Also out there now is her son, now thirteen, who has still yet to see most of her past work ("I'm showing it to him in little increments," she says). 

Yes, Homecoming Queen's got an SUV. She says, "I have a whole side like that. I could have done more projects, but I wanted to be a good mom. He is the top priority in my life. I love being a mom to him so much that there are things you don't have because of it. When I would leave him, it would be like agony. I like reality shows, even though I know they're terrible and they put writers out of business. I guess I could do one, but my actual life isn't that weird. I would have to weird it up. It's exactly what Andy Warhol said: in the future, everybody will be famous for fifteen minutes. It did happen. It's exactly what he said. "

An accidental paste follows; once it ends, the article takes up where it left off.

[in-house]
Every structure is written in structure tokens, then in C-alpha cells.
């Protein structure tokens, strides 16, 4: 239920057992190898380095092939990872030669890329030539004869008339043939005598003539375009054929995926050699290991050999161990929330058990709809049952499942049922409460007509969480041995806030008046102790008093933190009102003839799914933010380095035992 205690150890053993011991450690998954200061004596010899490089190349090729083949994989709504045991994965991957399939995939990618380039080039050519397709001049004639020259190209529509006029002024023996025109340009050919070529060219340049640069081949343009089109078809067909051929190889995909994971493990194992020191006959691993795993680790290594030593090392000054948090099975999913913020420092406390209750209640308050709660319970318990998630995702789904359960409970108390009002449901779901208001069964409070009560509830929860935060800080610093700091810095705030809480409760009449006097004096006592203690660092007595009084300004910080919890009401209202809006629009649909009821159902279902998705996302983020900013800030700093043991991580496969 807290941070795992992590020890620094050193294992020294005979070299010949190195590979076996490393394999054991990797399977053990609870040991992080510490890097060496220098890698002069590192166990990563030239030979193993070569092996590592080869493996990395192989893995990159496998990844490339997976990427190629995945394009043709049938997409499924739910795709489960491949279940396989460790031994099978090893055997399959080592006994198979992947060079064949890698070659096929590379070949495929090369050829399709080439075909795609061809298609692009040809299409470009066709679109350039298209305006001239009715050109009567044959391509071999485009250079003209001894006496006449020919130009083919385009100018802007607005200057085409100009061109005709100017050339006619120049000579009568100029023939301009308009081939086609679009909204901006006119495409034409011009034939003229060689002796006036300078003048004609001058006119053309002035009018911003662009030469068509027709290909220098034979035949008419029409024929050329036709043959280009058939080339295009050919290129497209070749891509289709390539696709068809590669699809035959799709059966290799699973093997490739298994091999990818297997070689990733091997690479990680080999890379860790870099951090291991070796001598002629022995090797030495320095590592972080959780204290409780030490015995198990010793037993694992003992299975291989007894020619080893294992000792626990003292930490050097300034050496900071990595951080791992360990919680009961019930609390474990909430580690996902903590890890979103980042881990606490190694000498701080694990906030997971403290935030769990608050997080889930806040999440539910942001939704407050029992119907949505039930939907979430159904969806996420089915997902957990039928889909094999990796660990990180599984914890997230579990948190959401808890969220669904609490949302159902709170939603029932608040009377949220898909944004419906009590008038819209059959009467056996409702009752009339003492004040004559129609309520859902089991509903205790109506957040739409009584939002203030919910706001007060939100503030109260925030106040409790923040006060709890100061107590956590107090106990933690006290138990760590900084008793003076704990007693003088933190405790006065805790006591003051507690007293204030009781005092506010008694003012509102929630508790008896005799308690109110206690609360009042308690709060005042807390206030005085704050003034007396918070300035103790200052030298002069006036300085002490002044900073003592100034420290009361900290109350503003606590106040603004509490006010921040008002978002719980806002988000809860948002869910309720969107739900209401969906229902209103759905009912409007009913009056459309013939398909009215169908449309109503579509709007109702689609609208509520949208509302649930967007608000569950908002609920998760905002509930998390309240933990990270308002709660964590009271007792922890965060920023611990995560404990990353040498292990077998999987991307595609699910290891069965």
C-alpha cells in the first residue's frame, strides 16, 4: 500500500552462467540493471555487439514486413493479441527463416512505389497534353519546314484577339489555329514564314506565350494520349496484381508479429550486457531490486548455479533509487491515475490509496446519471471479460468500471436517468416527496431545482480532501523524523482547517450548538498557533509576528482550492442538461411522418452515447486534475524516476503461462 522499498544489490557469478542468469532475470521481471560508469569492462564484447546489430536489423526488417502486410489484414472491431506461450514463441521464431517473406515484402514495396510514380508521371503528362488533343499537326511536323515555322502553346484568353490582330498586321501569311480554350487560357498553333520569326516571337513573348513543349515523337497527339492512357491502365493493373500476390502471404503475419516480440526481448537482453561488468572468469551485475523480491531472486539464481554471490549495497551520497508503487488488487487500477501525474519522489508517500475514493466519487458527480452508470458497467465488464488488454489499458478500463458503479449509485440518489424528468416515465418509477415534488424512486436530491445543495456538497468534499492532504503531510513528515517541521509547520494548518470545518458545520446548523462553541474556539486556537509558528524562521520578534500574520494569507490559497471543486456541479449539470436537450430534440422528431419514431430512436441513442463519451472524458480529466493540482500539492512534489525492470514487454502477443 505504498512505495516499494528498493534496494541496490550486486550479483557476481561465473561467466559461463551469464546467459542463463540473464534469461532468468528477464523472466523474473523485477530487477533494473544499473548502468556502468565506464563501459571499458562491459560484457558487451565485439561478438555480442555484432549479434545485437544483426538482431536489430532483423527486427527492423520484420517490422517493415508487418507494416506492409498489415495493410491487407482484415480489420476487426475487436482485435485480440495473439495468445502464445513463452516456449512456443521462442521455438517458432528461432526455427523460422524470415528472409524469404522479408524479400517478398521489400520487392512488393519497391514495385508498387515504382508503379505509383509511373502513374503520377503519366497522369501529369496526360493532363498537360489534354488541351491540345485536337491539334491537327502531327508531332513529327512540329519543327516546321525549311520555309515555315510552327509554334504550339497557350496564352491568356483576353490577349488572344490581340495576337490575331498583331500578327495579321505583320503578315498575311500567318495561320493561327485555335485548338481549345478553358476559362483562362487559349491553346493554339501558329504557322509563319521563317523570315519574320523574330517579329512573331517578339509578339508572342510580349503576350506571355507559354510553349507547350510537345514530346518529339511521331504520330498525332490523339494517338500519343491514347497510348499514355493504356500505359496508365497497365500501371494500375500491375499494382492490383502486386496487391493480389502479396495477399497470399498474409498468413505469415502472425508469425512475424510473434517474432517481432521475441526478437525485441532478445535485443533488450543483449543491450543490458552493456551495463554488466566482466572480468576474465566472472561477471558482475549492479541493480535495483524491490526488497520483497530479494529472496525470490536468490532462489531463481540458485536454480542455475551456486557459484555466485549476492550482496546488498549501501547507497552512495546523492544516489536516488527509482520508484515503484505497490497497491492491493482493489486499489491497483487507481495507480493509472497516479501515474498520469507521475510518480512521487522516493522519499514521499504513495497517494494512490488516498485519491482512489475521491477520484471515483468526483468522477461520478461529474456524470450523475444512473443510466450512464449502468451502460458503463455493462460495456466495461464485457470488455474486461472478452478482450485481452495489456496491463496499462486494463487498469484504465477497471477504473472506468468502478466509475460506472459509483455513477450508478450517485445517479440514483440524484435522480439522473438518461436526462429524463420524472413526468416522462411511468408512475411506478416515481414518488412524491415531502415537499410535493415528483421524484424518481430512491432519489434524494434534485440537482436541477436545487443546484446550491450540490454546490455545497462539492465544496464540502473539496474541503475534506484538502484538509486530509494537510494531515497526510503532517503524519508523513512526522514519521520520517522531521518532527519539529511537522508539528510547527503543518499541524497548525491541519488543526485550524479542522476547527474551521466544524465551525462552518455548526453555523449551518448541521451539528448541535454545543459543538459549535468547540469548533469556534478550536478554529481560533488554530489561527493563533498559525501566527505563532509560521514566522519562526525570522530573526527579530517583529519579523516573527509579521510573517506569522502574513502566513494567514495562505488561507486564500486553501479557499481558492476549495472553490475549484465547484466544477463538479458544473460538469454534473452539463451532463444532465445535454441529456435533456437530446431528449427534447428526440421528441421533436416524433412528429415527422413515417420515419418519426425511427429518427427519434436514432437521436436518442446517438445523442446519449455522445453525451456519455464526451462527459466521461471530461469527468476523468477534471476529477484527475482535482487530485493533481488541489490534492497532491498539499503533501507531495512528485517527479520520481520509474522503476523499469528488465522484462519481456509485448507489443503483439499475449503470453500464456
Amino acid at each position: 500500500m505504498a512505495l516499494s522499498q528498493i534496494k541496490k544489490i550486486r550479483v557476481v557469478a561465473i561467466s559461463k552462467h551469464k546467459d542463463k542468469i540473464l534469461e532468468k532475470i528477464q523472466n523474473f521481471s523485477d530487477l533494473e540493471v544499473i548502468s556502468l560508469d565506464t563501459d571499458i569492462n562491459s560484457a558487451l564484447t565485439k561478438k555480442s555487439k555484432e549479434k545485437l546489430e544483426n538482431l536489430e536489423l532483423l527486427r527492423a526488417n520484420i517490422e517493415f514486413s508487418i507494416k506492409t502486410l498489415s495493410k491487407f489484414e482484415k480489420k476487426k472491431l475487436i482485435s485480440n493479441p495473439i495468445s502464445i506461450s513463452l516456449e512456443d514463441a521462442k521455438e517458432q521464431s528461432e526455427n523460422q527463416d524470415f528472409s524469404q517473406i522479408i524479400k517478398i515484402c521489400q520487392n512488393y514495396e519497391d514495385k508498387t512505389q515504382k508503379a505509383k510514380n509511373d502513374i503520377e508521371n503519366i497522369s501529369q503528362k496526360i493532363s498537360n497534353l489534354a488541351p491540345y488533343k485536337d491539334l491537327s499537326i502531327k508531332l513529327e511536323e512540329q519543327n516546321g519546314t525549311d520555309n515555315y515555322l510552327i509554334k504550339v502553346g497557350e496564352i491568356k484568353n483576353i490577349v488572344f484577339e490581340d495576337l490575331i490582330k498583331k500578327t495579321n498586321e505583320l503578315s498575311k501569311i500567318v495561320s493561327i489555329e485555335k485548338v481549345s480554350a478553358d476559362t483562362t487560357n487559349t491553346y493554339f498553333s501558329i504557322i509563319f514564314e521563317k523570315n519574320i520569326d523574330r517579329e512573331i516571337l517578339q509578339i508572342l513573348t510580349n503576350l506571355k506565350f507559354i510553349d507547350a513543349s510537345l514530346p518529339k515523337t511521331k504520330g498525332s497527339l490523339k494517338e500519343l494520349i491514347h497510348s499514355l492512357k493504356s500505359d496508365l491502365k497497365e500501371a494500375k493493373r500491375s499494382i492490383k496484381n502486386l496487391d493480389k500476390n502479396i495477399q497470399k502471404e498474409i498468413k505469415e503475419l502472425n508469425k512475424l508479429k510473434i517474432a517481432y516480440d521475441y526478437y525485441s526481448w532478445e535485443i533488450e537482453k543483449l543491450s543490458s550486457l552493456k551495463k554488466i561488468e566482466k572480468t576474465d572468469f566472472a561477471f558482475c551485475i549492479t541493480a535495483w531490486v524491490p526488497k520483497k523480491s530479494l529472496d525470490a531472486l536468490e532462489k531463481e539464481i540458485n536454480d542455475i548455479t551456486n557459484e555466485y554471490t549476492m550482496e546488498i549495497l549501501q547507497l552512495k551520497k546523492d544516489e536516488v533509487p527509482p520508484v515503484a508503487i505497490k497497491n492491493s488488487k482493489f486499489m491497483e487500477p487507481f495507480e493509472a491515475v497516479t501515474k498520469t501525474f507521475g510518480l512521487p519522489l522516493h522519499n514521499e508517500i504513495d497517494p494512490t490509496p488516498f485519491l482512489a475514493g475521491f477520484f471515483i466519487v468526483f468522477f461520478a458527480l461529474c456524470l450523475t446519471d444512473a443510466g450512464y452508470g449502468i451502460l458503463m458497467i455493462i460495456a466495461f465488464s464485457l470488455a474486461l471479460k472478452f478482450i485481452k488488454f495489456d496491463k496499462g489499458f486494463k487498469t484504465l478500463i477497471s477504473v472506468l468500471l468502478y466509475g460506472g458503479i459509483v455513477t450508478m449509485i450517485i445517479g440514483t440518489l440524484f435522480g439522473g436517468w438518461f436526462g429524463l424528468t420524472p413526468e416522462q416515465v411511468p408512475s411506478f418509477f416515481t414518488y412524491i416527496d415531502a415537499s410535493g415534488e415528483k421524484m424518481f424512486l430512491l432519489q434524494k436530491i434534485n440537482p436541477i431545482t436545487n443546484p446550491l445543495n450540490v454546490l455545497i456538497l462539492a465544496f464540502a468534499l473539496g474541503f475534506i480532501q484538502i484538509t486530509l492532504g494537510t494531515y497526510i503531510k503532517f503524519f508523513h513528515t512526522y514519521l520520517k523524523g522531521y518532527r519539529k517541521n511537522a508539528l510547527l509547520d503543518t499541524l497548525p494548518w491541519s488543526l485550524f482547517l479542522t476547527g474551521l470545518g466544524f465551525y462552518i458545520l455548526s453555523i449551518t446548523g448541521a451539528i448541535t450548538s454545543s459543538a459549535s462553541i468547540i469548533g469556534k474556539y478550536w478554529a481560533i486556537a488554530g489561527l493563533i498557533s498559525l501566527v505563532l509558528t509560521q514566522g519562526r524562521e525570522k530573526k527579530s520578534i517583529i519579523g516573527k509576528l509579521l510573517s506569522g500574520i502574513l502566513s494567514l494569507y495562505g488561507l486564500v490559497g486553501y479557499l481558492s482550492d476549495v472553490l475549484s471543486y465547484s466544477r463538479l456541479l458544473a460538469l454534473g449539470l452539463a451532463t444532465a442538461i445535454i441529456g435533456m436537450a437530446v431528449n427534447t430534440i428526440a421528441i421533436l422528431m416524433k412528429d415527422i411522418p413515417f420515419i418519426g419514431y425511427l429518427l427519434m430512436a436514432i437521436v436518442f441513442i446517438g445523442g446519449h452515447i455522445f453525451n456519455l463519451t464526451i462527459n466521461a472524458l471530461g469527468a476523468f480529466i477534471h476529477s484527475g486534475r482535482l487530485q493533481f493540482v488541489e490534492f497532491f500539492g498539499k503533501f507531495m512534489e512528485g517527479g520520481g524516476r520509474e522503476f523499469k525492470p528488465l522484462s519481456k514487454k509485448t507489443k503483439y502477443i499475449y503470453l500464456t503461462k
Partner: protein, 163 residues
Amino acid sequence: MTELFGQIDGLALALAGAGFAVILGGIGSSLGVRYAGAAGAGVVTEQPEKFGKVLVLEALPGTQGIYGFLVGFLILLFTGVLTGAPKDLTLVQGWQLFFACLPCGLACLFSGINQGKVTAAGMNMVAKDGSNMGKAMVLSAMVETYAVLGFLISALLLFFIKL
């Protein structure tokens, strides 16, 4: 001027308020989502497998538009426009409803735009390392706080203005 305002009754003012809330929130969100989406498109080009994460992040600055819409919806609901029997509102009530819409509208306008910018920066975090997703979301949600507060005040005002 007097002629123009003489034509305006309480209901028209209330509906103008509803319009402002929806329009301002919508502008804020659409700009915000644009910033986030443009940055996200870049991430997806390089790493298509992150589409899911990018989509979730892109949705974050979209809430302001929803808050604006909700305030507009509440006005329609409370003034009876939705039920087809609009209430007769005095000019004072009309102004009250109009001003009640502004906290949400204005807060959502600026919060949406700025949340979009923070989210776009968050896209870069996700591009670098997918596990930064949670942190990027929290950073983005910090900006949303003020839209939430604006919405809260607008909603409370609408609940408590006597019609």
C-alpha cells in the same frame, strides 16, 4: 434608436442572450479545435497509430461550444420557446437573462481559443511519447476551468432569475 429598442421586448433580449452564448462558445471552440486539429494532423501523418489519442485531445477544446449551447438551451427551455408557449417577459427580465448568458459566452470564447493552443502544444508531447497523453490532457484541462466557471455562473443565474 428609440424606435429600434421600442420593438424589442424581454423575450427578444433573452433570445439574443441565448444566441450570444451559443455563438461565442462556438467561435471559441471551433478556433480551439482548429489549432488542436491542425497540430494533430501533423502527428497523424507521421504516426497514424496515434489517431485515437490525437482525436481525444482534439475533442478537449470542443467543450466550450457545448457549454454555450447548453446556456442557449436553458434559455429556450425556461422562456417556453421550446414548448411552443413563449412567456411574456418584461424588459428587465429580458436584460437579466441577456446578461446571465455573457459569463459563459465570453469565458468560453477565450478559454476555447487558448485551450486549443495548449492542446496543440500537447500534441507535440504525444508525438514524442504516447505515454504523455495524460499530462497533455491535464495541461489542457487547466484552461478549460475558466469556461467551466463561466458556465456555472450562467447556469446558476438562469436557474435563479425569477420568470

Yet please don't think of her as normal. 

"The way I feel when I'm performing or writing," she says. "I know I couldn't exist not doing this. The feeling I get from it, there's nothing like it. I'm sort of stuck with this." 

Lucky for us.

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Copyright ©2007 PopEntertainment.com.  All rights reserved.  Posted: August 14, 2007.

Photo Credits:
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#2 © 1992. Courtesy of JulieBrown.com.  All rights reserved.
#3 © 2007. Courtesy of JulieBrown.com.  All rights reserved.
#4 © 2007. Courtesy of JulieBrown.com.  All rights reserved.
#5 © 2007. Courtesy of JulieBrown.com.  All rights reserved.

 

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Copyright ©2007 PopEntertainment.com.  All rights reserved.  Posted: August 14, 2007.